NEW YORK--(BUSINESS WIRE)--
Fitch Ratings has assigned a rating of 'AAA' to the following general obligation (GO) bonds of Charleston County, South Carolina (the county):
--$68.9 million GO transportation sales tax refunding bonds of 2013;
--$28.6 million GO refunding bonds of 2013;
--$30.9 million taxable GO refunding bonds of 2013.
A competitive bond sale is scheduled for May 7. The proposed bonds will be sold to generate debt service savings without extending final maturity.
In addition, Fitch affirms the 'AAA' rating on approximately $92.8 million of outstanding Fitch-rated GO and GO transportation sales tax bonds of the county.
The Rating Outlook is Stable.
The GO bonds are backed by the county's full faith and credit and unlimited ad valorem taxing ability. The GO transportation sales tax bonds are additionally secured by an irrevocable pledge of the revenues from a one-half-cent transportation sales tax imposed by the county.
KEY RATING DRIVERS
SUPERIOR FINANCIAL PERFORMANCE: The 'AAA' rating reflects the county's strong financial management and fiscal discipline, evidenced by its ability to generate favorable operating results during a challenging economic environment, and consistent maintenance of reserves in excess of prudent policy minimums.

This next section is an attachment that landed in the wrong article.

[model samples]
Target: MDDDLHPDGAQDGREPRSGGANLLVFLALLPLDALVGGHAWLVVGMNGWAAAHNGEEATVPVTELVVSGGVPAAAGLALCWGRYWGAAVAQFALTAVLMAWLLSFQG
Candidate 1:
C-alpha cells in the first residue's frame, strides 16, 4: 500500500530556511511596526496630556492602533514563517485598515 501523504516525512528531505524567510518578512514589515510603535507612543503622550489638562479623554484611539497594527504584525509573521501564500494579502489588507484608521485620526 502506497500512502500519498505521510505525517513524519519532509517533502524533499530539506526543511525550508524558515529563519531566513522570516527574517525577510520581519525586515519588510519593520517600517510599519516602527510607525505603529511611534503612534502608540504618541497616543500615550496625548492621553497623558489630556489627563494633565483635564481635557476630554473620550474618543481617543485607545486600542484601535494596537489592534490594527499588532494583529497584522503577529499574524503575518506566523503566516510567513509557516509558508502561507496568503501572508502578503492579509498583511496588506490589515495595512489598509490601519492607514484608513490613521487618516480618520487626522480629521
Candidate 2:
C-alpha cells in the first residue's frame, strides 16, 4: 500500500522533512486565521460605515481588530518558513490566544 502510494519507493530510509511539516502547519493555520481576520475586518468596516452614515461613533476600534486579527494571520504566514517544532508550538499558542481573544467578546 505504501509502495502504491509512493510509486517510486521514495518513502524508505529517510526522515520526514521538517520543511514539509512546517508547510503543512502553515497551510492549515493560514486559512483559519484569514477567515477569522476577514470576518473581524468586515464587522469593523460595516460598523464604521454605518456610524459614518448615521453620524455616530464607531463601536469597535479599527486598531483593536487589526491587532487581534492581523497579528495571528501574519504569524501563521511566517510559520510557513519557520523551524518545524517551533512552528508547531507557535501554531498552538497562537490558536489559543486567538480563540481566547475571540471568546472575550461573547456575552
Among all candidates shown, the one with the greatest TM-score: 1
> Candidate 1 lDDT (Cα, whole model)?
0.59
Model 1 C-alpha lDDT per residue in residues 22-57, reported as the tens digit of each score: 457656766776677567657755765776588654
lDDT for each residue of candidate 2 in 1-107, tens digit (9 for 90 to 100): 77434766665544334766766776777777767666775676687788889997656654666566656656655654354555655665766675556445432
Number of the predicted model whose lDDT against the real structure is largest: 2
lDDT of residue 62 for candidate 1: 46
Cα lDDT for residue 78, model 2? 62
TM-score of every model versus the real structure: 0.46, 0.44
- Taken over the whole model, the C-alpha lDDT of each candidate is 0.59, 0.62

FAVORABLE DEMOGRAPHIC FACTORS: Stable population growth, above-average wealth characteristics, and the high educational attainment of county residents underscore the demographic strengths of the county.
MODERATE DEBT POSITION: Key debt ratios are moderate, as are the cost of funding the county's long-term debt and employee benefit liabilities.
ECONOMY EXPANDING AND DIVERSIFYING: Unemployment remains low, and recent years' job growth has outpaced the state and nation. Area employment remains heavily influenced by the government sector and the military, though continued diversification is evident and viewed favorably.
The rating is sensitive to shifts in fundamental credit characteristics including the county's strong financial management practices. The Stable Outlook reflects Fitch's expectation that such shifts are highly unlikely.
Charleston County encompasses an area of 945 square miles in southeastern South Carolina, including 97 miles of coastline along the Atlantic Ocean. The county's 2012 estimated population of 365,162 makes it the third most populous county in the state.
VERY STRONG FINANCIAL POSITION
The county's financial position has steadily improved over the prior decade, and current reserves are very strong. In fiscal 2012 the county posted a $4.1 million operating surplus (after transfers) in the general fund, increasing the unrestricted fund balance to $55.5 million or 32% of spending.
Fitch views the county's reserve policies, which include a designated reserve equal to two months of spending (or 16.7%) and a rainy day reserve equal to 4% for emergencies, to be financially prudent.
The county typically appropriates reserves in excess of its policy requirements for one-time purposes, but there is a lengthy history of these funds not being expensed and returned to fund balance. The county forecasts the use of about $3 million in fund balance in fiscal 2013 (compared to the budgeted use of $8.8 million), and the draft proposed budget for fiscal 2014 appropriates $7.6 million for pay-as-you-go capital. Fitch expects the county will remain comfortably compliant with its reserve policies despite the use of funds forecast through fiscal 2014.
MODERATE DEBT LEVELS